The beadle once again went out, and headed for the city’s outskirts, where the poor lived in dismal straw huts and hovels. Before long, he was back before the Choize, but this time it was clear he had something to relate. “All was quiet,” he began, “except that when I passed one very small lodging, I noticed candles burning brightly and voices singing. Peeking inside, I saw that the wedding of an orphan couple was taking place, and the Ropshitzer was standing on a table and entertaining the chosson and kallah (bride and groom) with his badchanus.”
“Now I understand!” the Choizeh said triumphantly. “If Reb Naftali is rejoicing the bride and groom, no doubt the entire Heavenly entourage has come to join him in his merriment. And if the Holy One, blessed his He, smiles (so to speak) at the Ropshitzer’s wisecracks, then it’s hardly a time for Tikun Chatzos!” The Ropshitzer’s humour was unique in that it gladdened not only the hearts of men, but brought joy to the Almighty as well.
It follows that if we indeed wish to “uplift the hearts of b’nei Gershon,” those who are forlorn and estranged, we must do so in a way which gladdens and uplifts not only them, but, to the extent we can express it, Hashem as well. What does this mean?
There are two ways to heal a broken heart. One way is to “give wine to the embittered soul! (Mishlei/Proverbs 31:6)” A good glass of wine (or two or three) does wonders for the crushed spirit. But, of course, the comfort offered by intoxicating beverages (a.k.a “comfort”, “spirits”) is short-lived. Once their spell wears off, nothing has really changed, and life is as bitter (or perhaps even worse) as ever. Money, immorality, illicit drugs, etc. are other things people use to “cover over” their bitterness.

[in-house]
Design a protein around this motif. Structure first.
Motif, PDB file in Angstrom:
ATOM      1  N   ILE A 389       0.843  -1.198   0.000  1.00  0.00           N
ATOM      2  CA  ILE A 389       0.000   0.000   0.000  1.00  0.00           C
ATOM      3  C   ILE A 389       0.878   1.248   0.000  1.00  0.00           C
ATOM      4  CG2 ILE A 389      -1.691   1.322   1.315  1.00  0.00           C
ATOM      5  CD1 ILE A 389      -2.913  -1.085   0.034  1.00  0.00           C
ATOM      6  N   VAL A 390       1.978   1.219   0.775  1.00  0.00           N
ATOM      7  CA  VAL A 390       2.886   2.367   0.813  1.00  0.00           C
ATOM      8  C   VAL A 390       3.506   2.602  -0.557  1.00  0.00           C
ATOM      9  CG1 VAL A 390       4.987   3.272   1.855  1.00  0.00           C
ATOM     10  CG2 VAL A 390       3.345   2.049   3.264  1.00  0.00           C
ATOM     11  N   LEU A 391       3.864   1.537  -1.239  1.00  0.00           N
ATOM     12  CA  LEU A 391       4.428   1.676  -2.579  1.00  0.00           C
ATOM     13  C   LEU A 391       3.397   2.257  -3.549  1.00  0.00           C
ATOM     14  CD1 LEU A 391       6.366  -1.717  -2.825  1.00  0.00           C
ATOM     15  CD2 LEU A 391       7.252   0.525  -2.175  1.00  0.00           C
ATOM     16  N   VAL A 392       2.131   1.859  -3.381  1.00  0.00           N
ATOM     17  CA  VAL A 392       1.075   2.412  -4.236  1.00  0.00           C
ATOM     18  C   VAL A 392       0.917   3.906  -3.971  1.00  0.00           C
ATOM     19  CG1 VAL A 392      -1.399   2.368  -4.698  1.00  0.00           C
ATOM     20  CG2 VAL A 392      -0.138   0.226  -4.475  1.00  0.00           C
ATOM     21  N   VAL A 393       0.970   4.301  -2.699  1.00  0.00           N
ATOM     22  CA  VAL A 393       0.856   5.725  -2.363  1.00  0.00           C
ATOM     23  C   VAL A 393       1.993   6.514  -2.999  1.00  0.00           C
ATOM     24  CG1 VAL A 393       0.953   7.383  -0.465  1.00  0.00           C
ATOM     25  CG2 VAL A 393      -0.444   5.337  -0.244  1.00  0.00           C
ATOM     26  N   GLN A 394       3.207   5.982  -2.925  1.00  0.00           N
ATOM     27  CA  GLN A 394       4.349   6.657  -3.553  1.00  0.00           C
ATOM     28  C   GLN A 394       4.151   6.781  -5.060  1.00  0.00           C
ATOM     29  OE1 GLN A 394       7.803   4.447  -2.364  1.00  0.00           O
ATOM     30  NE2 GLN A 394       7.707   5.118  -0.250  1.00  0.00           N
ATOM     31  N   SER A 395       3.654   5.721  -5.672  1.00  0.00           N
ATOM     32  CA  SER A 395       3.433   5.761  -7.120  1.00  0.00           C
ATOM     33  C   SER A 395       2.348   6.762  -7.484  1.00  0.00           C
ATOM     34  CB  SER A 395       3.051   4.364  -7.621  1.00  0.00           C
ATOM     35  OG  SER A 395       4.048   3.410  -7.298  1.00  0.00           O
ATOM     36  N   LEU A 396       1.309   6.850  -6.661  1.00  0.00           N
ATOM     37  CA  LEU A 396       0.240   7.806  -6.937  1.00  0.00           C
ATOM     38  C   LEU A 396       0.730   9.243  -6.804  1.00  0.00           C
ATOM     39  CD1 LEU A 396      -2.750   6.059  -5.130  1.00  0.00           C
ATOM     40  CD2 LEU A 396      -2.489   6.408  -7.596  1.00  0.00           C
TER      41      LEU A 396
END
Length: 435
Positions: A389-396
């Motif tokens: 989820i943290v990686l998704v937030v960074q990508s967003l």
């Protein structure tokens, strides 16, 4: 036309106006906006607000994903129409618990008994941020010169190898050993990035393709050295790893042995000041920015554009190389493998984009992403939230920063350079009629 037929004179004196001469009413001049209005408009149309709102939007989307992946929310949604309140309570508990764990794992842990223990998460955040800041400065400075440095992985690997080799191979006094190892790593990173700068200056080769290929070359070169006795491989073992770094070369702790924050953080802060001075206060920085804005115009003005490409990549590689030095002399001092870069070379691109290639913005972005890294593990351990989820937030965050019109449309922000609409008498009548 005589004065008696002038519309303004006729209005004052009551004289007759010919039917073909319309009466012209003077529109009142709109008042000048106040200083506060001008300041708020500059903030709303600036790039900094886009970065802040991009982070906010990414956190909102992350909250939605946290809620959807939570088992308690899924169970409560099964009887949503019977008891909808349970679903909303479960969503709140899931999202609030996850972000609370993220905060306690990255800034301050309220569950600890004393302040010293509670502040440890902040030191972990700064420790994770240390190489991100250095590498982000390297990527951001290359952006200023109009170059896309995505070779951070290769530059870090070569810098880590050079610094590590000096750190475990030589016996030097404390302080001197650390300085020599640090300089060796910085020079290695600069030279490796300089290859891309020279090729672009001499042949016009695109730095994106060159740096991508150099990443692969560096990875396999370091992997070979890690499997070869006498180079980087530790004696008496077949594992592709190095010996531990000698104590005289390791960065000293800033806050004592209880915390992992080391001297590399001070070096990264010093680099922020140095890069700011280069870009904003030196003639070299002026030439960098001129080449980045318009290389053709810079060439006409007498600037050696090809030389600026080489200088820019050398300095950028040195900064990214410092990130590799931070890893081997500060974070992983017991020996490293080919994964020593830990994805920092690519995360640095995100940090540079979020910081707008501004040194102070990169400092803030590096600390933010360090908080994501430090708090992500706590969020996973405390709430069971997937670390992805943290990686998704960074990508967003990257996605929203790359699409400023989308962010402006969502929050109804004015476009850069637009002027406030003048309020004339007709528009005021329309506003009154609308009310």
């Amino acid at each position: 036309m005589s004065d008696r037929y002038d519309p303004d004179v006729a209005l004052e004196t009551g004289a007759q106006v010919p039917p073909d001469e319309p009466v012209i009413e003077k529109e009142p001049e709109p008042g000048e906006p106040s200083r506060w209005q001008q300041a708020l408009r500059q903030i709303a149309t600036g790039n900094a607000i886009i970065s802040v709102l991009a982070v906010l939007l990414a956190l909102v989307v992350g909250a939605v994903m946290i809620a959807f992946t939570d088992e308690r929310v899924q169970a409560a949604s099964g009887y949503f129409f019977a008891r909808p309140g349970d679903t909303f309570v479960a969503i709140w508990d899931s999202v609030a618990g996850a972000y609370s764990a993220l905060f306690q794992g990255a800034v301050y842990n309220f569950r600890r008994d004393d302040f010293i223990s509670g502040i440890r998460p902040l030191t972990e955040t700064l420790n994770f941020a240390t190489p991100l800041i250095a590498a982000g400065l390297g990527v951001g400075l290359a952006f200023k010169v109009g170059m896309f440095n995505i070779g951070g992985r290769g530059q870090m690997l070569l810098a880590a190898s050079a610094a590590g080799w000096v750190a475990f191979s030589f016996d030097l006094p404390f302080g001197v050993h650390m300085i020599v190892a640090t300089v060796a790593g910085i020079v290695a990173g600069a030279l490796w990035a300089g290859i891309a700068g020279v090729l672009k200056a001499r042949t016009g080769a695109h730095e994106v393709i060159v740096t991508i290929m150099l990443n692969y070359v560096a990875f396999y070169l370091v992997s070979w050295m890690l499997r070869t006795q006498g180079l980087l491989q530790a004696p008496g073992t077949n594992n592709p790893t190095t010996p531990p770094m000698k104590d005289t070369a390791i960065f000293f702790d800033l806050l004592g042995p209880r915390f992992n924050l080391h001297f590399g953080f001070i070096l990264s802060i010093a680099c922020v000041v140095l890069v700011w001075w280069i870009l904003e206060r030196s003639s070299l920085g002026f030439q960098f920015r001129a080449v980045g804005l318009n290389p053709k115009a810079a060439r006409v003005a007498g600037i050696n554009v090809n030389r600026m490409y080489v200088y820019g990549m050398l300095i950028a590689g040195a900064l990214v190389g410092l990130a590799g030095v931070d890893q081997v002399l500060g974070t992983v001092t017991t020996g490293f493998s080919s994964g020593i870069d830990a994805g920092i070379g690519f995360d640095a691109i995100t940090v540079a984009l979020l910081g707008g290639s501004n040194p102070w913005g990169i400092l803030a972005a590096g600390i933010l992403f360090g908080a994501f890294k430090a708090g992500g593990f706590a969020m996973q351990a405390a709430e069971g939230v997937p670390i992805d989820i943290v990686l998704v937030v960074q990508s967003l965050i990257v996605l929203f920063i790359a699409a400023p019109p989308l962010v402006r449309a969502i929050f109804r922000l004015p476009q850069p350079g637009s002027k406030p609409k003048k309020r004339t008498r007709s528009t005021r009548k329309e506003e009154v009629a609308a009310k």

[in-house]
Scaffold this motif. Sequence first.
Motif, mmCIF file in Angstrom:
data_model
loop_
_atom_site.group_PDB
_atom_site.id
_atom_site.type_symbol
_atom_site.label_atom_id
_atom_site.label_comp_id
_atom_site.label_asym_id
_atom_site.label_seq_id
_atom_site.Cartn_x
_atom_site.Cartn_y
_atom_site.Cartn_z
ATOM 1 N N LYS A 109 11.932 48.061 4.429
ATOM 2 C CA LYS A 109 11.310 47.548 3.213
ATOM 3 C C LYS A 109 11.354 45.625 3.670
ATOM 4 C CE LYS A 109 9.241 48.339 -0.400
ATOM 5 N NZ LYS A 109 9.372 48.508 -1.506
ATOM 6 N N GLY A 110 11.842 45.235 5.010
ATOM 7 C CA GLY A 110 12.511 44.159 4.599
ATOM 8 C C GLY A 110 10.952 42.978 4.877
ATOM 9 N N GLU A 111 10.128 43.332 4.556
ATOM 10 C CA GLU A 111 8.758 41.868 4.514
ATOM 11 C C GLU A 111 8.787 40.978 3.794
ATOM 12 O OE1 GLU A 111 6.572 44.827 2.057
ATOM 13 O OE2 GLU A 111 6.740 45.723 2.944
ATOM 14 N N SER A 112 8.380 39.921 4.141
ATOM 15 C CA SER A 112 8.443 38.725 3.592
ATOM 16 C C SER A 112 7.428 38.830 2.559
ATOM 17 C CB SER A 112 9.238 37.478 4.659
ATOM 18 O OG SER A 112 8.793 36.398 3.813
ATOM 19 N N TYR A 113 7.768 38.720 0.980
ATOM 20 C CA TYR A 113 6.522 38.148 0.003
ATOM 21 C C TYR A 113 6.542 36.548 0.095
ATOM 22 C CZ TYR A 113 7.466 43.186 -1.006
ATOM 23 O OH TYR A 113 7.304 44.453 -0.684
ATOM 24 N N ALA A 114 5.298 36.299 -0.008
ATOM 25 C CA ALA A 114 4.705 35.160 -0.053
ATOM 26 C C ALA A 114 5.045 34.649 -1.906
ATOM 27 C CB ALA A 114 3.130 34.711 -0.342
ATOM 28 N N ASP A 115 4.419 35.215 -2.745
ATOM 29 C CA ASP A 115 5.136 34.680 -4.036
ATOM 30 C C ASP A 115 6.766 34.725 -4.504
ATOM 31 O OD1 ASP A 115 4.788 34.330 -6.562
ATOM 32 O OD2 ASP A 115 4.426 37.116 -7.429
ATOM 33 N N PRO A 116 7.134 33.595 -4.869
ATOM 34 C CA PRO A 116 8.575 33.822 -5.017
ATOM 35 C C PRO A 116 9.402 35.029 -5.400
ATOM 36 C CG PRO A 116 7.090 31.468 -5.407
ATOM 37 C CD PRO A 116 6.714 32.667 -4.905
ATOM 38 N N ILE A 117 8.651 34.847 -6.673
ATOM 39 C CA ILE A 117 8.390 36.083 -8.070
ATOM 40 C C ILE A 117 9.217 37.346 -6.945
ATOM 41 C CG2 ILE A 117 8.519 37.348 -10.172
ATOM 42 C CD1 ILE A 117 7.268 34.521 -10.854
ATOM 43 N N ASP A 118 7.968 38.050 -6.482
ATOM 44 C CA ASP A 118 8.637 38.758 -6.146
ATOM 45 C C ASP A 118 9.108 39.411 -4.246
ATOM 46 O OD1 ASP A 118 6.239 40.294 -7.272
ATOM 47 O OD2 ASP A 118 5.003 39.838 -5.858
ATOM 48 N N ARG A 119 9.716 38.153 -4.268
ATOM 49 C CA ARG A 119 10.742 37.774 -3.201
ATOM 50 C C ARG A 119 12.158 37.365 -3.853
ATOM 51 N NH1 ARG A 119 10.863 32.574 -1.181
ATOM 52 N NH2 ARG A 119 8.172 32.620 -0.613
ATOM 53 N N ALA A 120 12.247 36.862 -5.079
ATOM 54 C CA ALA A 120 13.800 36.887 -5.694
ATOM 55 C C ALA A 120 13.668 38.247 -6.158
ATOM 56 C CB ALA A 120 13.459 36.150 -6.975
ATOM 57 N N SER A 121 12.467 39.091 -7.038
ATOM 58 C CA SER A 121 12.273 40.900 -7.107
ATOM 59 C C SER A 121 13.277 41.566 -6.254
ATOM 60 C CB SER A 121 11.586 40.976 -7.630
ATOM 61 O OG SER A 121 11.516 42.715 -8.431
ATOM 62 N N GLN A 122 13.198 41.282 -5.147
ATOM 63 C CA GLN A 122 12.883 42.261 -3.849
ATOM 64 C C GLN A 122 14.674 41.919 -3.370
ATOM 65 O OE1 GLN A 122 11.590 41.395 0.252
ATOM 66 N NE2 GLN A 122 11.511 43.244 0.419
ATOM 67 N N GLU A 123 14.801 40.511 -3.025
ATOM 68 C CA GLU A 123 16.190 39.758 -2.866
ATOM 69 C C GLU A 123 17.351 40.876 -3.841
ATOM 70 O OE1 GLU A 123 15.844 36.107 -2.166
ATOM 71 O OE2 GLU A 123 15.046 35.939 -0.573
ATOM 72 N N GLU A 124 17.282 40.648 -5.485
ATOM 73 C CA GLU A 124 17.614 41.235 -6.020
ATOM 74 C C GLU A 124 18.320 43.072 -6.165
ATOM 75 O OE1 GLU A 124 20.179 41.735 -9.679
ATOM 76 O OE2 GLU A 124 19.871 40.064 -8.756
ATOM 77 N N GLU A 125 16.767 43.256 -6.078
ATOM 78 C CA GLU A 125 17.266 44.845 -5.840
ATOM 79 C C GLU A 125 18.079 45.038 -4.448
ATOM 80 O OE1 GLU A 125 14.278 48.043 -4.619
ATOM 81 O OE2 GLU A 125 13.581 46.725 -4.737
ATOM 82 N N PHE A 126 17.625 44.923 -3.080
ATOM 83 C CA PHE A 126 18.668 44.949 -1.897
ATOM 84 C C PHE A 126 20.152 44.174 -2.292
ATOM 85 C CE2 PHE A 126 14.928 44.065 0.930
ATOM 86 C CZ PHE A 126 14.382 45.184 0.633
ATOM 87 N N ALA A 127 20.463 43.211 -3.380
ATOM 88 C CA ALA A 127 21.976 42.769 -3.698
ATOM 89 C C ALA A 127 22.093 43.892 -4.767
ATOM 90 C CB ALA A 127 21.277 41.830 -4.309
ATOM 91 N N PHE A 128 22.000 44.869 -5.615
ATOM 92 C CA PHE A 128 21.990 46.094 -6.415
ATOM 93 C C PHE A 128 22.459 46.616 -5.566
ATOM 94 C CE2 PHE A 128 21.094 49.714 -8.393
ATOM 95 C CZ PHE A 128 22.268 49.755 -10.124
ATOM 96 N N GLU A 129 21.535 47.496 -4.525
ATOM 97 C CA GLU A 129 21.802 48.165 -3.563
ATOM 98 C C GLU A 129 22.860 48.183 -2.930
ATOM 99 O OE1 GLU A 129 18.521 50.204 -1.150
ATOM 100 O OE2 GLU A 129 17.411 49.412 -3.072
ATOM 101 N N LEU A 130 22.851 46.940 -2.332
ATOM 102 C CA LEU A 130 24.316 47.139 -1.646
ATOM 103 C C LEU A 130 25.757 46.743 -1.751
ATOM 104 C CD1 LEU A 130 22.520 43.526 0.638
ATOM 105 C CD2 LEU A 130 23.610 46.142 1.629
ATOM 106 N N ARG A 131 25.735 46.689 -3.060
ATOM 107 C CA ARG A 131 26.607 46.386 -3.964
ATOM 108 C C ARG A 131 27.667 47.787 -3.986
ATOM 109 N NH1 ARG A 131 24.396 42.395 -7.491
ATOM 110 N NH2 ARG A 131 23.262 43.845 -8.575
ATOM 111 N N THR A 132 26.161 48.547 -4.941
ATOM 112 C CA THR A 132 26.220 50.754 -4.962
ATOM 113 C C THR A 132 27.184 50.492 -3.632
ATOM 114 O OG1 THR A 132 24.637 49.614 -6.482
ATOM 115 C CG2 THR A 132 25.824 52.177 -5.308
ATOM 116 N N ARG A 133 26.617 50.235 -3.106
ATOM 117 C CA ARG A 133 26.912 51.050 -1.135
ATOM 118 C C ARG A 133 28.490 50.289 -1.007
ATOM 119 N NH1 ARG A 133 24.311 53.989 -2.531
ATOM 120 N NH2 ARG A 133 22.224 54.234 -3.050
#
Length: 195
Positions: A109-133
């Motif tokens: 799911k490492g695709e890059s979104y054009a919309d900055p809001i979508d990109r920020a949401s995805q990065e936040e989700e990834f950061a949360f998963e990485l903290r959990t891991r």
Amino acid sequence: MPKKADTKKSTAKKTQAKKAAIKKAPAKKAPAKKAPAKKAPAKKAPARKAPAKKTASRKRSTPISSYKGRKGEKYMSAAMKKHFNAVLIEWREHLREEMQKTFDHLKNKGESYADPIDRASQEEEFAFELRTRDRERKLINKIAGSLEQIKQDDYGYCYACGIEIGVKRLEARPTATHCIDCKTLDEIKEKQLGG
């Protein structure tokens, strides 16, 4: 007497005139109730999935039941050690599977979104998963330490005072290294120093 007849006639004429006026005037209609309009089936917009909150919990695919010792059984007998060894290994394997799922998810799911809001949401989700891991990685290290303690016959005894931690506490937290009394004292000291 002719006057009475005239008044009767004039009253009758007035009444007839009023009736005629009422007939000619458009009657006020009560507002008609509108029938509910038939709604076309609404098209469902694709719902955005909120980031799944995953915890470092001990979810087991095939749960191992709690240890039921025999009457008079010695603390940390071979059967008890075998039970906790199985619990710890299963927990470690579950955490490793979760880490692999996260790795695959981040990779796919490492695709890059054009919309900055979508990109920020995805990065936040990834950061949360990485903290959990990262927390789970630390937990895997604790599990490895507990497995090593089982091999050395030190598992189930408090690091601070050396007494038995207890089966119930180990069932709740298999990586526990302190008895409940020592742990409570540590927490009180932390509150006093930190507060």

The second way to heal the broken heart is to consider why the heart is broken, and how it can be mended. All forms of bitterness, depression, anxiety, estrangement, etc. (obviously notwithstanding clinical depression and chemical imbalances which must be addressed by a physician) stem from one common source: Their bearer has lost his connection with Hashem. One who has a true, deep relationship (also known as d’veikus – cleaving) with the Almighty has the ability to overcome the most trying and difficult of situations, to smile in the face of adversity, and to not lose faith even in life’s most trying moments. The b’nei Gershon – the estranged of spirit and broken-hearted – have obviously lost that connection. The only real way to “uplift” them is by trying, to whatever extent we can, to “reconnect” them with their faith and with Hashem. By tactfully helping them to find their own connection to Hashem – to emunah (faith) and bitachon (belief) – we bring joy into their hearts, and to Hashem as well, Who rejoices like a father at the return of a long-lost child. And sometimes we are the b’nei Gershon – and we too have to remember how to uplift our own souls.
Lift up the hearts of b’nei Gershon – but do so in a way that brings joy to Hashem as well, so that, so to speak, Hashem, and: they too – will be uplifted!
Have a good Shabbos.
This week’s publication is sponsored by R’ Shlomo Eliezer Isaac, in memory of his sisters, Tzipporah and Hadas, daughters of R’ Moshe Yehudah a”h, who were killed al kiddush Hashem 14 Sivan 5704. And in memory of their grandfather, R’ Eliezer ben R’ Chaim who died on 22 Sivan 5697. And in memory of their grandmother, Esther bas R’ Yitzchak, who was killed al kiddush Hashem 25 Iyar 5704. And in memory of their grandmother Hadas bas R’ Shraga, who passed away 11 Sivan 5697.
Text Copyright © 2003 Rabbi Eliyahu Hoffmann and Project Genesis, Inc.